"Creative people are good at creating environments where mentees can thrive." Fatima

Jodie on the other hand, specifically wanted to become a mentor in the arts because she felt there was a lack of them. "The arts is a niche sector and for too long it’s been about obtaining grants. I want to show that it can stand up on it’s own, and generate income.

"Secondly I think female mentors are very important to females in business because they can share experiences that men can’t, such as maternity leave and managing business when you have children."

Myth 5: Mentoring takes up too much time

There are different types of mentoring. Face-to-face, one-to-one mentoring is the most common type, so it helps if you are geographically based in the same area. If not, you can telephone, do e-mentoring, or combine them.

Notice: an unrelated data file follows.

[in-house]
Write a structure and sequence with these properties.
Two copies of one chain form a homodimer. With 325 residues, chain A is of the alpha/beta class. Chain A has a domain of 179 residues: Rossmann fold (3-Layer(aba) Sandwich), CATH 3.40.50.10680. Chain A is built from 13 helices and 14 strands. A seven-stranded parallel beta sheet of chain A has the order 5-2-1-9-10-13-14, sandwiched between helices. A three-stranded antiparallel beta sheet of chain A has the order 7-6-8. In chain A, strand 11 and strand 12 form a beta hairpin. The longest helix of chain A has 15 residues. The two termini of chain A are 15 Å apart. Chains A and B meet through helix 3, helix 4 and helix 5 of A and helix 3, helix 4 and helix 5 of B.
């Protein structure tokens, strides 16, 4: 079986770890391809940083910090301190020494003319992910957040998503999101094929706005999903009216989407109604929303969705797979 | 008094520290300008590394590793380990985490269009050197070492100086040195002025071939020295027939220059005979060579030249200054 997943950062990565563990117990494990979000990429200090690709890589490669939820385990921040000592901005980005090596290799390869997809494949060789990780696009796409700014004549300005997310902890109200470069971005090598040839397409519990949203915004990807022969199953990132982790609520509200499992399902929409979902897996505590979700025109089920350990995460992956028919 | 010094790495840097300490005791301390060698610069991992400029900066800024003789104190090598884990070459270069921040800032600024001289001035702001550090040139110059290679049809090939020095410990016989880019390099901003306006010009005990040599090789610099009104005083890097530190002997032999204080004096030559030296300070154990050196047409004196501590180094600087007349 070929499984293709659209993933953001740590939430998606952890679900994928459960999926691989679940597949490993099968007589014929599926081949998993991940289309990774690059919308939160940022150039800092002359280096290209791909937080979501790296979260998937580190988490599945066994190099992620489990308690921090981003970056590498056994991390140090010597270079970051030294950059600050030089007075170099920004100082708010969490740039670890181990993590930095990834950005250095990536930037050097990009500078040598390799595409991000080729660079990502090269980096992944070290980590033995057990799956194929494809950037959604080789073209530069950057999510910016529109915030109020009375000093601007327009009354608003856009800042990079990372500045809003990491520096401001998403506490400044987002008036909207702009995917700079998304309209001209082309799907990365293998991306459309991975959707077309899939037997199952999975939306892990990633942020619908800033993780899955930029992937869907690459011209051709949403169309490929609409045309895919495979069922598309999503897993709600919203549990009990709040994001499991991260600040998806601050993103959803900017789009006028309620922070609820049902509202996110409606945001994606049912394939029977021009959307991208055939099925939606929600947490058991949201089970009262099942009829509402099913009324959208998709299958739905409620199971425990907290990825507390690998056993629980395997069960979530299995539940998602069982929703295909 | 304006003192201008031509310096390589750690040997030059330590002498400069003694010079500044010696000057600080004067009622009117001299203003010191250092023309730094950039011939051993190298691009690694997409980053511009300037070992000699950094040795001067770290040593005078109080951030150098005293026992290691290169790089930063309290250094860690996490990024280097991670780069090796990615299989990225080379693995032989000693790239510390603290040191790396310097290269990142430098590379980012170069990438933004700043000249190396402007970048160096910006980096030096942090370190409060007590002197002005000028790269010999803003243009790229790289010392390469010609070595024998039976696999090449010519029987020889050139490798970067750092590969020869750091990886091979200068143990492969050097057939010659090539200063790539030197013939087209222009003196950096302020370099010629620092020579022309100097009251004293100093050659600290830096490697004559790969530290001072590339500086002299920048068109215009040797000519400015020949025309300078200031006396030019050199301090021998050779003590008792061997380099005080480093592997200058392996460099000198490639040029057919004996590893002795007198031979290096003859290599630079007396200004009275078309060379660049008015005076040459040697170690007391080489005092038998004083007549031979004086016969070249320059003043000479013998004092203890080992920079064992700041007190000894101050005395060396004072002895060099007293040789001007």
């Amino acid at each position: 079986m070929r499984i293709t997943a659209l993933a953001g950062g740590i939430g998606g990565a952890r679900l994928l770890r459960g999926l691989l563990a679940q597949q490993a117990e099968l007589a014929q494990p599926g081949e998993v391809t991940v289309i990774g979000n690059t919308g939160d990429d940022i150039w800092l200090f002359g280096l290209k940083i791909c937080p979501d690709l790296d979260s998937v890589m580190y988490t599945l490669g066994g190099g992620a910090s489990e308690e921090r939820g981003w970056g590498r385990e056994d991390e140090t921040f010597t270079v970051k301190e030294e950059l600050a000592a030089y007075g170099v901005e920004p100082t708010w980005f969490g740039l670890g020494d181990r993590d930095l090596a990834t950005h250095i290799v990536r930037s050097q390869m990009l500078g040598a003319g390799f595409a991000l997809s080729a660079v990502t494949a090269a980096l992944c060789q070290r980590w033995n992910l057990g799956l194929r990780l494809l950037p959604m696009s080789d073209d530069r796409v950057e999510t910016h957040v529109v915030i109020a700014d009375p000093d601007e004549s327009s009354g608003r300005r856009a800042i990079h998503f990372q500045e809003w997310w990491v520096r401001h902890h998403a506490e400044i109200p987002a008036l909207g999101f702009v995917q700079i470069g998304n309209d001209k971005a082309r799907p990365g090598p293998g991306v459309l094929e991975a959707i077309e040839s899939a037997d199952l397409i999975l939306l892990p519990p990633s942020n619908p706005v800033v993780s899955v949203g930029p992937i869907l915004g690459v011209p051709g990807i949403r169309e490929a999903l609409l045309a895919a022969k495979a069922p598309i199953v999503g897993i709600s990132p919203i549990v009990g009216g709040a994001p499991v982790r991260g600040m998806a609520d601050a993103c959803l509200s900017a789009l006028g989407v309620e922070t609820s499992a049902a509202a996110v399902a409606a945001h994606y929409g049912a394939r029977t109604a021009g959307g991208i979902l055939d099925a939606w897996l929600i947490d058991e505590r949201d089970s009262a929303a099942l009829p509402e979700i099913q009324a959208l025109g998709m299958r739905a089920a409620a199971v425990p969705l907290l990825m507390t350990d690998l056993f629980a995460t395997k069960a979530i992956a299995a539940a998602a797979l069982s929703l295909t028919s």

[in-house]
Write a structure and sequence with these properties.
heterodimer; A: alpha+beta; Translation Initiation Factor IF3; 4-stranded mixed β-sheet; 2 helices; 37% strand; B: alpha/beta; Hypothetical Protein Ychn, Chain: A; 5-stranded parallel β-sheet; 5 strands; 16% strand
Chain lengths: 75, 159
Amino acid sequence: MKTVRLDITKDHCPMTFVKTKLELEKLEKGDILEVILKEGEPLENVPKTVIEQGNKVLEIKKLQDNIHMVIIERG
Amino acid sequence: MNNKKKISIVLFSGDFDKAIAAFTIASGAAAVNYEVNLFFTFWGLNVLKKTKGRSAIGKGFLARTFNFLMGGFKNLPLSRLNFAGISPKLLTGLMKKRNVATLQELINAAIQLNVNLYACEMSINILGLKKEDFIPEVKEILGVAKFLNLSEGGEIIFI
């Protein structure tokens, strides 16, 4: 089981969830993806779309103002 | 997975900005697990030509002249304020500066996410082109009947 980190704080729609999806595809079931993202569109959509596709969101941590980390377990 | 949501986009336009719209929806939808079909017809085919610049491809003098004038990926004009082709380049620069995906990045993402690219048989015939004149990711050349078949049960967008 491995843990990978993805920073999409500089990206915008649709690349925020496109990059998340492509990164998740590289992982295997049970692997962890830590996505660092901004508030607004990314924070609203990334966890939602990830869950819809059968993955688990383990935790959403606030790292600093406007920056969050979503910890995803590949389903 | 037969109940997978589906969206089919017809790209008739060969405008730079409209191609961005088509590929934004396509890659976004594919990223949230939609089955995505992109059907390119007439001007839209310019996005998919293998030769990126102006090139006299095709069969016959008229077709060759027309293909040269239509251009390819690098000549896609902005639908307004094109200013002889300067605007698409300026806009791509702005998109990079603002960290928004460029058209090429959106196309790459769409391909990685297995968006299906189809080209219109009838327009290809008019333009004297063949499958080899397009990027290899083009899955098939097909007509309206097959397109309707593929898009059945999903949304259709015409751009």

The needs should be dictated by the mentee, which is why the first meeting is so important. Jodie advises, "Draw up an agreement, whether you want to meet monthly, or whether you only need that specific mentor for a short time."

Myth 6: Only mentees benefit from mentoring

Mentors have a lot to gain from the mentoring process. Ruth says, "As a mentor, the experience should enhance your own career development. One of the advantages of mentoring younger businesses is that you get challenged with new ideas – especially their approaches to communications."

"At 21, none of my other peers faced the same issues so mentors were my only guidance." Jodie